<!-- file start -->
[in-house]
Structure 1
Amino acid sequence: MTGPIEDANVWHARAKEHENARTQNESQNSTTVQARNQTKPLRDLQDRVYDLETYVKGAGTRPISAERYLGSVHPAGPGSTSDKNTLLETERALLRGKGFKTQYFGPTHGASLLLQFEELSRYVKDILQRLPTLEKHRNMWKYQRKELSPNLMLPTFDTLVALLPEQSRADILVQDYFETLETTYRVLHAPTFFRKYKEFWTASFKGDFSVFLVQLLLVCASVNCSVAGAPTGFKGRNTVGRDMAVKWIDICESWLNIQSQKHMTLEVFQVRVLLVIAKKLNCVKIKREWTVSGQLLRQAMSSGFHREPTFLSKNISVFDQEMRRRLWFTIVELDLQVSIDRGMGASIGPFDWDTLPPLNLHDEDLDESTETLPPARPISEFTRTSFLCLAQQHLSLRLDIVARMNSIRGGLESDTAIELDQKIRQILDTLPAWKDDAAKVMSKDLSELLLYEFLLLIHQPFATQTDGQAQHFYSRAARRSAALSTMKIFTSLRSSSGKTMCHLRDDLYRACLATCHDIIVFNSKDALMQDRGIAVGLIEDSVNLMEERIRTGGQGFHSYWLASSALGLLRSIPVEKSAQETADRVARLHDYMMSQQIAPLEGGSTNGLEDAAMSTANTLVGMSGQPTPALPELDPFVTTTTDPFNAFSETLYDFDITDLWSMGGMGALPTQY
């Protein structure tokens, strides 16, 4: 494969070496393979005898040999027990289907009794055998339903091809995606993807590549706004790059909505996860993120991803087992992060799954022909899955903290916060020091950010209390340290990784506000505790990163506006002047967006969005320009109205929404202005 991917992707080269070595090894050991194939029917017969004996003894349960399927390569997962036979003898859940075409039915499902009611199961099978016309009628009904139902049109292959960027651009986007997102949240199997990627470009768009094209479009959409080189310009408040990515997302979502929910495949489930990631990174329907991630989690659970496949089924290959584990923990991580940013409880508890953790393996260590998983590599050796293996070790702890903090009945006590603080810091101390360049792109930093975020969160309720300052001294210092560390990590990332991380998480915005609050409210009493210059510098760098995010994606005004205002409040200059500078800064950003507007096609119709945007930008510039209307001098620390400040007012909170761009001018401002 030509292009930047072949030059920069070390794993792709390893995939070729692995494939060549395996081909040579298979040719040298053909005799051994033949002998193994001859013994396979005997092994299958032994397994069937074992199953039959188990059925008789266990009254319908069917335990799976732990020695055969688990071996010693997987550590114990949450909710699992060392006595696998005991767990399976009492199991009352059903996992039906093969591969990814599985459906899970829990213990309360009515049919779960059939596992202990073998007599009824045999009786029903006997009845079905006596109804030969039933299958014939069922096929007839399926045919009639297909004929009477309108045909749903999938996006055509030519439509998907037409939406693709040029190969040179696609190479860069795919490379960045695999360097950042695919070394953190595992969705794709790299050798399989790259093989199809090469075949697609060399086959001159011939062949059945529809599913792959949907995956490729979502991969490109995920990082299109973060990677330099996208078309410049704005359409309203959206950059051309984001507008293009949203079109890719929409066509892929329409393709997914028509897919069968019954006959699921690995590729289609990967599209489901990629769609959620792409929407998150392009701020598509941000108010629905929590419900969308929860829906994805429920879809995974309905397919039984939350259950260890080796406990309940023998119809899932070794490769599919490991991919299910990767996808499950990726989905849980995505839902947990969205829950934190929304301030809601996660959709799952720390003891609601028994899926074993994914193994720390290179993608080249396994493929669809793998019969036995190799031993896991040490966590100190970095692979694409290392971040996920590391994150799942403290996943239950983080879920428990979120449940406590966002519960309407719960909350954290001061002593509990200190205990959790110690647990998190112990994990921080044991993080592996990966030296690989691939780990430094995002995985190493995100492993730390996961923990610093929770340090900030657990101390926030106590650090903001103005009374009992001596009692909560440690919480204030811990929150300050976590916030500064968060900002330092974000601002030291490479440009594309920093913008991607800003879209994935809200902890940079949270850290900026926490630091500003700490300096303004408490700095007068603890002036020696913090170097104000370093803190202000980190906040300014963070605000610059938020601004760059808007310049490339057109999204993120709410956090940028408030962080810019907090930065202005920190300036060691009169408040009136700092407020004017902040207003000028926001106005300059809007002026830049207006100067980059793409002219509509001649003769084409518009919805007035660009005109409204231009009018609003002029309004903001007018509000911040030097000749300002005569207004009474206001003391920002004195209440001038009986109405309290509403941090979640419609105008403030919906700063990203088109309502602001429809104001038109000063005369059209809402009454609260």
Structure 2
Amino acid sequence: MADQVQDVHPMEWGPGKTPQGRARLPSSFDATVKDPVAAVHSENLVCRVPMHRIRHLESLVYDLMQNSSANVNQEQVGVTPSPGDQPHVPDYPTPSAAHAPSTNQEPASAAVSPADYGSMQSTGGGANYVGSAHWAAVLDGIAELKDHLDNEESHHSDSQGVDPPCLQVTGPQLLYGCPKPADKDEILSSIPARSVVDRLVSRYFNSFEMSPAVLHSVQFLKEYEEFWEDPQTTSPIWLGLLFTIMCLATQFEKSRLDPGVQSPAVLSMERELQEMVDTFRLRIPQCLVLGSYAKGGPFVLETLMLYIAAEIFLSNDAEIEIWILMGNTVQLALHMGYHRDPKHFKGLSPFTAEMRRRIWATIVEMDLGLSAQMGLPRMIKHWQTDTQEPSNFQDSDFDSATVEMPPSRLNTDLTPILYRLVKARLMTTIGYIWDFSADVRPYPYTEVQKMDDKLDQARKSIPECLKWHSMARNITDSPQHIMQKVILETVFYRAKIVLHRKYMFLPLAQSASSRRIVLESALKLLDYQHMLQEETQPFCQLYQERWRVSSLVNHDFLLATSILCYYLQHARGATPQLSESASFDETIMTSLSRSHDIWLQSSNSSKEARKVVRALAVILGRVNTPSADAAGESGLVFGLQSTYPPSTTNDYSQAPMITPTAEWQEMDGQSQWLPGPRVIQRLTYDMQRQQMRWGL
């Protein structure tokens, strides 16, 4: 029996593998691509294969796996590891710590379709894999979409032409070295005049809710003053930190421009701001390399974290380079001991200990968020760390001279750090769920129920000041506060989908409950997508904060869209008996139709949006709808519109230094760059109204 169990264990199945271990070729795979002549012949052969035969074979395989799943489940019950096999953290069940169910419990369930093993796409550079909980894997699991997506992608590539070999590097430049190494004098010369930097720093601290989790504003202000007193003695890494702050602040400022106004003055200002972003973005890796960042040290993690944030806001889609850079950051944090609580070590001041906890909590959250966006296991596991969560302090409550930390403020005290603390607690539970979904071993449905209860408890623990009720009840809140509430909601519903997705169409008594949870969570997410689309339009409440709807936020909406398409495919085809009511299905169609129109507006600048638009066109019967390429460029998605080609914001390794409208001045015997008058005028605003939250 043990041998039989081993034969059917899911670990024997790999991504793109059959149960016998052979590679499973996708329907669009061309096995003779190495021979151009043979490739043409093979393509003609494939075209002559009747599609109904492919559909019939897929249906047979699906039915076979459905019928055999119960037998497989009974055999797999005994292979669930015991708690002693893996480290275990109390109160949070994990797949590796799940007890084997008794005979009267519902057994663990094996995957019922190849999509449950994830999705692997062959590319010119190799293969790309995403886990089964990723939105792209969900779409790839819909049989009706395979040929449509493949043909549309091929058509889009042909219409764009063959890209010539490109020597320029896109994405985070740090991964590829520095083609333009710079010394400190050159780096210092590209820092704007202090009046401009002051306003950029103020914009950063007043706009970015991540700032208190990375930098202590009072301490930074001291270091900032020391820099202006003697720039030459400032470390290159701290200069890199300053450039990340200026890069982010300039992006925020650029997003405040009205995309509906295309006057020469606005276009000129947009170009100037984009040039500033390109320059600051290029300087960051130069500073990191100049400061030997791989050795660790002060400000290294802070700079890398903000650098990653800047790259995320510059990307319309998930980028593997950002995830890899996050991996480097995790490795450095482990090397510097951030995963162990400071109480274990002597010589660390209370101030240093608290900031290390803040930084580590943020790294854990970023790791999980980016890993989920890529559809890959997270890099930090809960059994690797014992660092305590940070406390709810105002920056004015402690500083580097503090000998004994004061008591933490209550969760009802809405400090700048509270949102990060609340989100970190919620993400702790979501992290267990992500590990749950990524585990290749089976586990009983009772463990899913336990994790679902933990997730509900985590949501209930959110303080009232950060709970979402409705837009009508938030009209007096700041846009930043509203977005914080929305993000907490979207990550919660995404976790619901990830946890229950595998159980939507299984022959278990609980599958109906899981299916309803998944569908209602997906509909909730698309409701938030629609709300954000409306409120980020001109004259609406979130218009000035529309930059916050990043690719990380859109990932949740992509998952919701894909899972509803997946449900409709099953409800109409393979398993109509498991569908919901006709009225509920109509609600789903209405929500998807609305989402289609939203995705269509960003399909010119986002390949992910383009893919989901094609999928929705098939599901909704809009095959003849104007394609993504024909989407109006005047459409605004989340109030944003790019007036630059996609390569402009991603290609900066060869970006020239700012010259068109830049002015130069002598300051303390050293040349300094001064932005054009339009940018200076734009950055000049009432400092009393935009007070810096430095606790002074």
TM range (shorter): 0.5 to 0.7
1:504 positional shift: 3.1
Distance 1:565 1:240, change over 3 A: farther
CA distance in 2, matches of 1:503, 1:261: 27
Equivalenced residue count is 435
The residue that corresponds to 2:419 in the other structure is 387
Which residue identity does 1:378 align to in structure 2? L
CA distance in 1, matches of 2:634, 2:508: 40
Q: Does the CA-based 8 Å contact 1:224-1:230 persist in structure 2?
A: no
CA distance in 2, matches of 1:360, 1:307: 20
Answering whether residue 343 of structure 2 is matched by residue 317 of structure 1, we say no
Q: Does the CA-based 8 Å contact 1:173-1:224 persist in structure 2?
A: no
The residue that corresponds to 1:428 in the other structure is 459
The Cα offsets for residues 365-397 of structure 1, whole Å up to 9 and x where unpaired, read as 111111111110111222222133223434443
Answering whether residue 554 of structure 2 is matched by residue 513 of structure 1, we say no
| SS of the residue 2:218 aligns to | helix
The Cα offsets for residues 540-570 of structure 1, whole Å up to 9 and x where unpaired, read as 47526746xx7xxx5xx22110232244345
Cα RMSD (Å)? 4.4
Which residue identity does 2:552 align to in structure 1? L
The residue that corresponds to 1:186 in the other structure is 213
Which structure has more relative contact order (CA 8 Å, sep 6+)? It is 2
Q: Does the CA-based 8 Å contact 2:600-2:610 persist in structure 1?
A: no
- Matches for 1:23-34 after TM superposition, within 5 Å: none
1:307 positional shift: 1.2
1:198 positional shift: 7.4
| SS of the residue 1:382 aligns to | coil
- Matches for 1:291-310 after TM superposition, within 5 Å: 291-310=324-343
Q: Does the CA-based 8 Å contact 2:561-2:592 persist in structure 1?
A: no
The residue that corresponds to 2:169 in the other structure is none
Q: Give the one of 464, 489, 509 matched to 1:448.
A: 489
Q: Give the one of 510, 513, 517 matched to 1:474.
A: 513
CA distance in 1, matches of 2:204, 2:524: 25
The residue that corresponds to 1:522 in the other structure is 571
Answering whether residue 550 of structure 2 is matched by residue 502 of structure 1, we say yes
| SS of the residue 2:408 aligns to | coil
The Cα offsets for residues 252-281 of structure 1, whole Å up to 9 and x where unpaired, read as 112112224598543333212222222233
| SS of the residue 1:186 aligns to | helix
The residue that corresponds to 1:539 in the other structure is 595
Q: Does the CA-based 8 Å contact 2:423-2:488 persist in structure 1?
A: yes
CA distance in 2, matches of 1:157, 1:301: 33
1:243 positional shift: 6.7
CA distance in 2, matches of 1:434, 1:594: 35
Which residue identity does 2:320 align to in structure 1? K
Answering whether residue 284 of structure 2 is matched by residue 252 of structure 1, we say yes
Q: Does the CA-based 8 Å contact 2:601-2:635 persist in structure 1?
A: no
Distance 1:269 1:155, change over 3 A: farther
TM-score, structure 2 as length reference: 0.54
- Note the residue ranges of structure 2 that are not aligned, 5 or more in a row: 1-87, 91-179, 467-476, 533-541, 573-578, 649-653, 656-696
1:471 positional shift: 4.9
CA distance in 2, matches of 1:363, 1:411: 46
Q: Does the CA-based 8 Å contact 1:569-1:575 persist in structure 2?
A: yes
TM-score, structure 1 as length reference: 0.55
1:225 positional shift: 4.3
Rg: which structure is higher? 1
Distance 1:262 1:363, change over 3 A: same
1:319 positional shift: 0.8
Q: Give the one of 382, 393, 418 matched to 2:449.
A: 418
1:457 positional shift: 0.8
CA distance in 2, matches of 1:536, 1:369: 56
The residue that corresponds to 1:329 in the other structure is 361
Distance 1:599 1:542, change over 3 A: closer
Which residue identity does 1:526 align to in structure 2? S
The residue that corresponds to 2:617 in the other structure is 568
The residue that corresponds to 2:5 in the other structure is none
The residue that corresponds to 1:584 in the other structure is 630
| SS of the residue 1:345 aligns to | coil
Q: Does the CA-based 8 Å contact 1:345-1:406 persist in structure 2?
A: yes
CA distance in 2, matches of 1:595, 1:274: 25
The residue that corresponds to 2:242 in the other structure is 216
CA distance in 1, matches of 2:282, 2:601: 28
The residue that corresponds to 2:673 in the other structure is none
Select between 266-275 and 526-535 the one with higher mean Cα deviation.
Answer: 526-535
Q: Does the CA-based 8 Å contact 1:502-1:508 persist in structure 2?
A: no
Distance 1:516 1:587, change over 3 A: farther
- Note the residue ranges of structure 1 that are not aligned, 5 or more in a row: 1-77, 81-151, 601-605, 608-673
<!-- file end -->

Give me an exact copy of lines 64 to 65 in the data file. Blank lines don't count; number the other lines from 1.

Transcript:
1:471 positional shift: 4.9
CA distance in 2, matches of 1:363, 1:411: 46